Khodabachsh has no doubt, however, that Sunnis have it much better in Zahedan than in Tehran. Just a few streets away stands the next large mosque. Here, elegant chandeliers shine from the ceiling and the carpet still glows a resplendent red. The Shia Friday Mosque was recently completely renovated. This was necessary following a terrorist attack committed by Sunni terrorists in July 2010.
A man scrubs the courtyard in front of the entrance. Behind him is a glass display case with the portraits of the 27 people who were killed when two attackers consecutively blew themselves up as the faithful were celebrating the birthday of Imam Hussein. "It all happened so quickly. And when we realised what had happened, it was already too late," recalled an elderly gentleman, who has been coming here for years to pray. The terrorists belonged to an extremist group named "Jondullah" (Soldiers of God) that operates out of Pakistan. Iranians regard the victims of the attack as martyrs.
Jondullah fighters had previously carried out attacks in Zahedan in 2007 and 2009. Their victims are buried in the cemetery in the north of the city. Beyond the hundreds of graves ornamented with Iranian flags – graves belonging to the martyrs of the Iraq-Iran war – one finds somewhat hidden away the graves of the victims of Jondullah. The gravestones state that they were killed by "armed criminal gangs."
Security measures against extremists and separatists
Since 2010, the group has not perpetrated any more attacks on Iranian soil. Armed police not only protect every large Shia mosque in the city around the clock, but also municipal facilities such as the town hall and the train station. There is now a police unit in every train that travels to Zahedan.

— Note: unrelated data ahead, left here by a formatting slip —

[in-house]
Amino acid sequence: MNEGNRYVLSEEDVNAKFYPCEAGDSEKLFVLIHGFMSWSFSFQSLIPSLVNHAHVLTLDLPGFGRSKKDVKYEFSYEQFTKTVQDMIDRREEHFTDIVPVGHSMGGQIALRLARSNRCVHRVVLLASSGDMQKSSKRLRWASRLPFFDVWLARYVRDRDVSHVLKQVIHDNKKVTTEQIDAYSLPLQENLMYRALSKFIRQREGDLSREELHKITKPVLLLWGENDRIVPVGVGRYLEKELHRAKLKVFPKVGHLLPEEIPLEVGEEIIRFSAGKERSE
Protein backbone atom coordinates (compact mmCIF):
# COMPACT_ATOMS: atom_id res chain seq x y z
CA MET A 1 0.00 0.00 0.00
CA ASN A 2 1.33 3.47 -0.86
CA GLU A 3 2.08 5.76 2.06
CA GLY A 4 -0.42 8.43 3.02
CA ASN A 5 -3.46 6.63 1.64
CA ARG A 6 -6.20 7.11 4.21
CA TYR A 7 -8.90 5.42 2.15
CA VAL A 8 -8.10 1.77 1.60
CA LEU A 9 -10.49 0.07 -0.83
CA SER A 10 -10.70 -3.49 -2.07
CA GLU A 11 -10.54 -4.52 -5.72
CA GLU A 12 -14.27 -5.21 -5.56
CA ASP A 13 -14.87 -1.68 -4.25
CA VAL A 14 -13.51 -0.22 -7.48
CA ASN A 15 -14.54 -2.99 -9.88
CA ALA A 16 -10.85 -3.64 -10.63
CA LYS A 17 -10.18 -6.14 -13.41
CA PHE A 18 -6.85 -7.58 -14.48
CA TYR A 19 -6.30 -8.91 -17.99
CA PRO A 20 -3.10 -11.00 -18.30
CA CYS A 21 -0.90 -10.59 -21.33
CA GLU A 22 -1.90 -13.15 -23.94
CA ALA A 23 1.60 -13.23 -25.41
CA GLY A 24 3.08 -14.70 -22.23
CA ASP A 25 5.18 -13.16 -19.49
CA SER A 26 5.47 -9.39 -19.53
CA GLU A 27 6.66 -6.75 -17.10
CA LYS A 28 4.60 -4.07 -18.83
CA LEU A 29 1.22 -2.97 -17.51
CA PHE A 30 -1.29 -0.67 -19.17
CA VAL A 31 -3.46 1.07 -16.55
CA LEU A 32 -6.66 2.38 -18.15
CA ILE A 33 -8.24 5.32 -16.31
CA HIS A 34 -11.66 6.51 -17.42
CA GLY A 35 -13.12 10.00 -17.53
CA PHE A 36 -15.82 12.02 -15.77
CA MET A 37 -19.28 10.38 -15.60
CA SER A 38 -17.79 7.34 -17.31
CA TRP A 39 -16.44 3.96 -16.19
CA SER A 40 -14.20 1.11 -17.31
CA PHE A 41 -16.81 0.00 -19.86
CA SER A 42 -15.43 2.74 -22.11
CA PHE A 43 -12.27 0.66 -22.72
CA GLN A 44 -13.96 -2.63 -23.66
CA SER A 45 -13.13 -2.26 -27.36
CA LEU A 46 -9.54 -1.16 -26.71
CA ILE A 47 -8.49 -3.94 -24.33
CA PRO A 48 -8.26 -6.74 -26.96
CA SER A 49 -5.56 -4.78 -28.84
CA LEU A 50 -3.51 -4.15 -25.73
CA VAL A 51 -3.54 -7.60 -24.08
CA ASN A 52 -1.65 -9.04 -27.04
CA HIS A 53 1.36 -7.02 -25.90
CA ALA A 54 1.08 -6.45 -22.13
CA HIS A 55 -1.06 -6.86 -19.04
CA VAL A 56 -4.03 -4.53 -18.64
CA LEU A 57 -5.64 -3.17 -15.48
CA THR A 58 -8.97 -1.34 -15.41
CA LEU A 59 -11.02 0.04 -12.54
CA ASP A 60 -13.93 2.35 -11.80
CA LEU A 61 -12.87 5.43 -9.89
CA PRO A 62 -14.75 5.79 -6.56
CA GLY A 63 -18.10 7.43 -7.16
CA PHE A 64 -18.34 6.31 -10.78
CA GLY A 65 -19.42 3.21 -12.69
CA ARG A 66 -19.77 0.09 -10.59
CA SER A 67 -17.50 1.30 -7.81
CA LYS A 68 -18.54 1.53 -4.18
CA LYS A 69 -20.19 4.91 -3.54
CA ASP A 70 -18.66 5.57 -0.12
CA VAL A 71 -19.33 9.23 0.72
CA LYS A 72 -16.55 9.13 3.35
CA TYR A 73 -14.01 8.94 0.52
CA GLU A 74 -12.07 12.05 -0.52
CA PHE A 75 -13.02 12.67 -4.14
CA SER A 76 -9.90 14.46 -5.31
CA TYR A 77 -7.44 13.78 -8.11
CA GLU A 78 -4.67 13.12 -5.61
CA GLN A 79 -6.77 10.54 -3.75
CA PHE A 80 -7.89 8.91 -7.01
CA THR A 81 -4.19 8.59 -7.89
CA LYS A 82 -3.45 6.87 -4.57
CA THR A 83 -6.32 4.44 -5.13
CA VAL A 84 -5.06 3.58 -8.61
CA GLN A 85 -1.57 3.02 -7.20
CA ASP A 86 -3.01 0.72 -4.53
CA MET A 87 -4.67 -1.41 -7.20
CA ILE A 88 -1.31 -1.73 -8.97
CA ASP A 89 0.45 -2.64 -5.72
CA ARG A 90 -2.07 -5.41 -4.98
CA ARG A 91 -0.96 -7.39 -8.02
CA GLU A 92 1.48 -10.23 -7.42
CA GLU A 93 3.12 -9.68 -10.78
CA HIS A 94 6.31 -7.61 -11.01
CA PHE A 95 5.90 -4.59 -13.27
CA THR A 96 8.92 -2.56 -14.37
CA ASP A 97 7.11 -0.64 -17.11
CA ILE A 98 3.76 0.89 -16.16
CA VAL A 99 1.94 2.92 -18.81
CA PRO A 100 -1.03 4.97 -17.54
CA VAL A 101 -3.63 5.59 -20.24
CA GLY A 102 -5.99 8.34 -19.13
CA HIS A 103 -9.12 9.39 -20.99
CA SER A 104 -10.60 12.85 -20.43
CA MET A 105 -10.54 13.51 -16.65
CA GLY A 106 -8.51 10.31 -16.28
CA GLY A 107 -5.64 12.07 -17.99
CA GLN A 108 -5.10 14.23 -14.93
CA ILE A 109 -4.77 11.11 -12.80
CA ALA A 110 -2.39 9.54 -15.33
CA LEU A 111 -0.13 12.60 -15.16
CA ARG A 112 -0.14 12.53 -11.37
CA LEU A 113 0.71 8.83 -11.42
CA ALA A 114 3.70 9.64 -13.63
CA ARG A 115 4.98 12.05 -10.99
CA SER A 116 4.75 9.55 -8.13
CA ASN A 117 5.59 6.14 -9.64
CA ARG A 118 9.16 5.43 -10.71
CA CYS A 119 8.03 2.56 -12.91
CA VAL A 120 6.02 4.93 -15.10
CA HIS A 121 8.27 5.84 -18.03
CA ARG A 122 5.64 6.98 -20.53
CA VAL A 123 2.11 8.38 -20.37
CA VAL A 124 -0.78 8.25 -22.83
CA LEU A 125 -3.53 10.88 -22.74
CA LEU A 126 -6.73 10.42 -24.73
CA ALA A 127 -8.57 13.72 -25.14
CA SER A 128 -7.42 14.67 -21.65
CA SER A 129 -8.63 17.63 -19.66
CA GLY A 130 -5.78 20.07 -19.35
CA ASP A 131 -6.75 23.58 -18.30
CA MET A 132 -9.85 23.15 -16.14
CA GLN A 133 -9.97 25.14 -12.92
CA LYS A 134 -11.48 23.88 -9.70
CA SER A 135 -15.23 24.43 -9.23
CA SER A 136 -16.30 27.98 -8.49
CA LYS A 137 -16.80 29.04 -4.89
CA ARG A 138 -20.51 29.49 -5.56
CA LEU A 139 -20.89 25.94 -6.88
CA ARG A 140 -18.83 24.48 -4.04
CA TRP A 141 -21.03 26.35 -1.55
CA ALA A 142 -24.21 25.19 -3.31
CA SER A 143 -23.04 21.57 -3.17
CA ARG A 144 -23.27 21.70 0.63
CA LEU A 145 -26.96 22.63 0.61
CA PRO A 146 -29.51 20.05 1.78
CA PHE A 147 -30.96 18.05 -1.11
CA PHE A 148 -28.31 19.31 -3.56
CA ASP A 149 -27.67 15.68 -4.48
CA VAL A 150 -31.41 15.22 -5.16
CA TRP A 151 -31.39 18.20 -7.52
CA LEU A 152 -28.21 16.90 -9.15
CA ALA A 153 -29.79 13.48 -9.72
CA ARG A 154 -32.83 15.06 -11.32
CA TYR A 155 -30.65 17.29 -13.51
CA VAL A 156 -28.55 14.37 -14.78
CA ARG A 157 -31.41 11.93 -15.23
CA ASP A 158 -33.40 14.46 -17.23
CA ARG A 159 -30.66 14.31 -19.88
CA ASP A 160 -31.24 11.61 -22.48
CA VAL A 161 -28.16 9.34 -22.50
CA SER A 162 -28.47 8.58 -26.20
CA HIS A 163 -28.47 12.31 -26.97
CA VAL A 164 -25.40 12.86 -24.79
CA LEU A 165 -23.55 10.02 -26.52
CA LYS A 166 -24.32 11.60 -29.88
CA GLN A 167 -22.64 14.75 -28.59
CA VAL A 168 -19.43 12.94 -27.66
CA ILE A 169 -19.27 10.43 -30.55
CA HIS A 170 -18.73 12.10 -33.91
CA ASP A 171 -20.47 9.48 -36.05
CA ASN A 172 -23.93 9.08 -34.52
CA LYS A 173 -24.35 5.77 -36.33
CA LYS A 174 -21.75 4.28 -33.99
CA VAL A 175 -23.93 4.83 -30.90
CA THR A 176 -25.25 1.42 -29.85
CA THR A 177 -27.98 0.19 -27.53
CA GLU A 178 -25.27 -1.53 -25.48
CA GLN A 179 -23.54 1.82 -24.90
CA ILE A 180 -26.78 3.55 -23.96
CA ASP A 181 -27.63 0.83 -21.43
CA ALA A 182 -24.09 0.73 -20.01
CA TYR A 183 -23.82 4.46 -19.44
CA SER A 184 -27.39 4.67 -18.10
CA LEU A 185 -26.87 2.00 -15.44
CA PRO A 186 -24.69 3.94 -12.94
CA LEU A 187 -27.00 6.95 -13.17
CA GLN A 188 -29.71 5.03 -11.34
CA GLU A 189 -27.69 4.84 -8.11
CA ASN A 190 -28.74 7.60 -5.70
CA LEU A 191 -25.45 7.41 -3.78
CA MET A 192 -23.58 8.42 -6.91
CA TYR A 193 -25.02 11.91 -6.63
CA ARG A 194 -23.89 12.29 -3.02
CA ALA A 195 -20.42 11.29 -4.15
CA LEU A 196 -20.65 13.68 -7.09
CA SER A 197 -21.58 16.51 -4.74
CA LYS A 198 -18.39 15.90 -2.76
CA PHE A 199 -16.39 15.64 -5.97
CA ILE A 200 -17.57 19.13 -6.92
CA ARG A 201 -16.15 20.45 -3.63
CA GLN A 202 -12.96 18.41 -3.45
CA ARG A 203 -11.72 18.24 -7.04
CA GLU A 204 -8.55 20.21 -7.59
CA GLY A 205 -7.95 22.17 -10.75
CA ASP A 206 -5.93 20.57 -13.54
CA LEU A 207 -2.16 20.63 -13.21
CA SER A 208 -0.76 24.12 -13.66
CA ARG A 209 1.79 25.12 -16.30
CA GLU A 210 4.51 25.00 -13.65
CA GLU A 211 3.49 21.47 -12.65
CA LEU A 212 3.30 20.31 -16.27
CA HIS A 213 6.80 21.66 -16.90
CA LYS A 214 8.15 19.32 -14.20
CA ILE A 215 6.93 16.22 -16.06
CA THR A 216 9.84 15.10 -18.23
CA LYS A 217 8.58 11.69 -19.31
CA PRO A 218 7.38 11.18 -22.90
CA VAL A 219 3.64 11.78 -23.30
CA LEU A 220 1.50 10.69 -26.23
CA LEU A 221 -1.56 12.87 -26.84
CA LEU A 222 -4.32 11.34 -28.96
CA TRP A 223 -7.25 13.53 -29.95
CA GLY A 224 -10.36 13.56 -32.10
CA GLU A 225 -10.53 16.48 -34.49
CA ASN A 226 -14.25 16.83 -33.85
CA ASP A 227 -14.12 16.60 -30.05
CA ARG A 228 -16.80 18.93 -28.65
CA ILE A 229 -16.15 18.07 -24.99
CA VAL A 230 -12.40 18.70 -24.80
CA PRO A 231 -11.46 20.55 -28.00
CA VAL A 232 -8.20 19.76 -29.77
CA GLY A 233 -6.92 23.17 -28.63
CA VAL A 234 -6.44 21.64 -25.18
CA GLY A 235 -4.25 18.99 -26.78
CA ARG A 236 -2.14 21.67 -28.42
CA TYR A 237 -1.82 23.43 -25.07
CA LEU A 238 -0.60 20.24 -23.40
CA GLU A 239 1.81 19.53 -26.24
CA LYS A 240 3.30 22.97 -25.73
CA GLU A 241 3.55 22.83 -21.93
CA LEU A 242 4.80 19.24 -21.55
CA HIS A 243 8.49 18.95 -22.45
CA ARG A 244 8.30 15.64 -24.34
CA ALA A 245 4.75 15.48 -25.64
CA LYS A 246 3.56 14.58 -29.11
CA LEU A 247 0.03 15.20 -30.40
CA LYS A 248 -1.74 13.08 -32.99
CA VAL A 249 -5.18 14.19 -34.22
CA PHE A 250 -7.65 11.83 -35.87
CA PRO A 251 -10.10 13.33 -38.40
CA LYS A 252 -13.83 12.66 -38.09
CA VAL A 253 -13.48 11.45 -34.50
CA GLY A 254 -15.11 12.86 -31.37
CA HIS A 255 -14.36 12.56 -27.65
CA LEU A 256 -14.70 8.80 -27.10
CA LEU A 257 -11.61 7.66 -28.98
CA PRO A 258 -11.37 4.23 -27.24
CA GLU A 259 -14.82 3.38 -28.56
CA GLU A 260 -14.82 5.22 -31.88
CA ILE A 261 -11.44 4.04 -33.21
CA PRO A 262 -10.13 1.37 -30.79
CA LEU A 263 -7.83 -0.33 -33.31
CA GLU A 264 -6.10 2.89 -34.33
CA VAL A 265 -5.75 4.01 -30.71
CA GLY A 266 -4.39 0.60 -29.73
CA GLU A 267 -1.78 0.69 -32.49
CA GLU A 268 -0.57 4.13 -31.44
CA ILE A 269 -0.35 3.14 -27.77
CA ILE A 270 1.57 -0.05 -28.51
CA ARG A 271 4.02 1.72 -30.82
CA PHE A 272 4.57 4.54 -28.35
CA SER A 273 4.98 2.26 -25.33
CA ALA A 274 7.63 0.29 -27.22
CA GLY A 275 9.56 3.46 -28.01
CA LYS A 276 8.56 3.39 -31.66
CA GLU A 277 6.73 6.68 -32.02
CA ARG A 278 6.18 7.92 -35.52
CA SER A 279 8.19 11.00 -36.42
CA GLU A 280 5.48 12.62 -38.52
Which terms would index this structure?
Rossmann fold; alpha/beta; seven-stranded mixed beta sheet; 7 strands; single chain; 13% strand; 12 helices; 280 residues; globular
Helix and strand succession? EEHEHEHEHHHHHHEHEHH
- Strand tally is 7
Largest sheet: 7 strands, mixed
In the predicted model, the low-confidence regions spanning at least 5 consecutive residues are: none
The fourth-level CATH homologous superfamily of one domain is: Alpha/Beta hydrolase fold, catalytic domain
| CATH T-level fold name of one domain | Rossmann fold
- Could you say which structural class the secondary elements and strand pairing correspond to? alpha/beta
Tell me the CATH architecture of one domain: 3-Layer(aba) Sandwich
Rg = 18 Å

Even before the terrorist attacks, the government had enacted a law aimed at avoiding interdenominational conflicts. This banned the construction of Sunni places of worship in urban areas predominantly populated by Shia and vice versa. As a result, Sunnis in cities like Tehran, which are almost exclusively Shia, cannot attend an official Sunni mosque. Or they must search for underground alternatives. Sunni Internet portals refer to nine Sunni mosques in Tehran. All of them are back courtyard mosques without any signs or outward indication as to their true nature. "This is why we don't feel at ease there," said Hafiz Khodabachsh, the storekeeper for religious articles next to the Makki Mosque.
Even though the government maintains a monopoly on the use of force, life in Zahedan is not free of denominational conflicts and rumours. Some Iranians who have moved to Zahedan claim that the Makki Mosque is being used as a network by Sunni terrorist groups from the region, such as the Taliban from Afghanistan, al-Qaida, the Islamic Movement of Uzbekistan, the Pakistani Jondullah and the Islamic Jihad Union, to which the four members of the German Sauerland Group belonged. They were welcomed in Zahedan before travelling on to Pakistan for training.
The geographical location of Zahedan certainly offers Sunni groups in the tri-border region of Iran, Afghanistan and Pakistan an ideal place for interaction. Molavi Abdolhamid Ismaeelzahi, the spiritual head of Iranian Sunnis, has been characterised by many in the Iranian media as a "moderate Sunni voice." Yet, even he depends on Sunnis from neighbouring countries to come to his city to build networks. In July 2014, the Iranian government imposed a travel ban on Ismaeelzahi.
© Qantara.de 2017
Translated from the German by John Bergeron